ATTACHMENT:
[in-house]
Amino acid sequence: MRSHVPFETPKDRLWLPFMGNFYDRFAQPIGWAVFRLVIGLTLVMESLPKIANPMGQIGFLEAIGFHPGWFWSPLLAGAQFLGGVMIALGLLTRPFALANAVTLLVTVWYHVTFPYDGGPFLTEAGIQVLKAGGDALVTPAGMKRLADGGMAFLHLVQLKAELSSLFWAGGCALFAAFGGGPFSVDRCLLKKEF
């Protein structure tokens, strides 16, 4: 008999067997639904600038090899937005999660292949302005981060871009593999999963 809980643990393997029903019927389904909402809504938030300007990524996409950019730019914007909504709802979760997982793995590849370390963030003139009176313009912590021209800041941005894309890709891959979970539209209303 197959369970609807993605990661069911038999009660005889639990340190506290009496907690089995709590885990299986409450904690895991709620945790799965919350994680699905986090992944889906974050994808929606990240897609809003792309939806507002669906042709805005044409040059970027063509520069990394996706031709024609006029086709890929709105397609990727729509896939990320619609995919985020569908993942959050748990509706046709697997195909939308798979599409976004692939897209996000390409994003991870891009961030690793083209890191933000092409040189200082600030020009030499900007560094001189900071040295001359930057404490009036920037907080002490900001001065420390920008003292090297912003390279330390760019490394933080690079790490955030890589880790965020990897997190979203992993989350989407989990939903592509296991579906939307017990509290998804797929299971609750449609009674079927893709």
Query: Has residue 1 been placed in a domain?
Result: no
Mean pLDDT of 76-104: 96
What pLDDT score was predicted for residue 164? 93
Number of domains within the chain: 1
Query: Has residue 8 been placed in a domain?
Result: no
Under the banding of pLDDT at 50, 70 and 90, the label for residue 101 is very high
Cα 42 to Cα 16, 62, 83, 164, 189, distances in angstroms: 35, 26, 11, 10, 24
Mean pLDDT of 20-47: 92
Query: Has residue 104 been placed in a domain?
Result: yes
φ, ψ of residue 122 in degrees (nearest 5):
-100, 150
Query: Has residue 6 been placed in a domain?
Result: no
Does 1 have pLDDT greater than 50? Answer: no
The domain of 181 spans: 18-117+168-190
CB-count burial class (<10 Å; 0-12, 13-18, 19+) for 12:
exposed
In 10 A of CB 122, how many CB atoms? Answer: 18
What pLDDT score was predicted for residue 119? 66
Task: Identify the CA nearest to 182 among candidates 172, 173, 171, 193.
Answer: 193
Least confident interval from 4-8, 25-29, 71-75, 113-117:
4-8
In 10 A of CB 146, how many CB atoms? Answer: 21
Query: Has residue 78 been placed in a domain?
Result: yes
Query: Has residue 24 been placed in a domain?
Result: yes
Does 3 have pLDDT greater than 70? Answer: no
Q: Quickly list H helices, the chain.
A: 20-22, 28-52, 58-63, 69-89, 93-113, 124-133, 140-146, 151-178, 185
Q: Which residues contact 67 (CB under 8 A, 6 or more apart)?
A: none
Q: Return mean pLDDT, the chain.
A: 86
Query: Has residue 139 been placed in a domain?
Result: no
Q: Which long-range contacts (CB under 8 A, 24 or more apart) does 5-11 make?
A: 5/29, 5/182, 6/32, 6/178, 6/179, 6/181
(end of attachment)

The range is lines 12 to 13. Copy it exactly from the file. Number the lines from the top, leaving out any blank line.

Cα 42 to Cα 16, 62, 83, 164, 189, distances in angstroms: 35, 26, 11, 10, 24
Mean pLDDT of 20-47: 92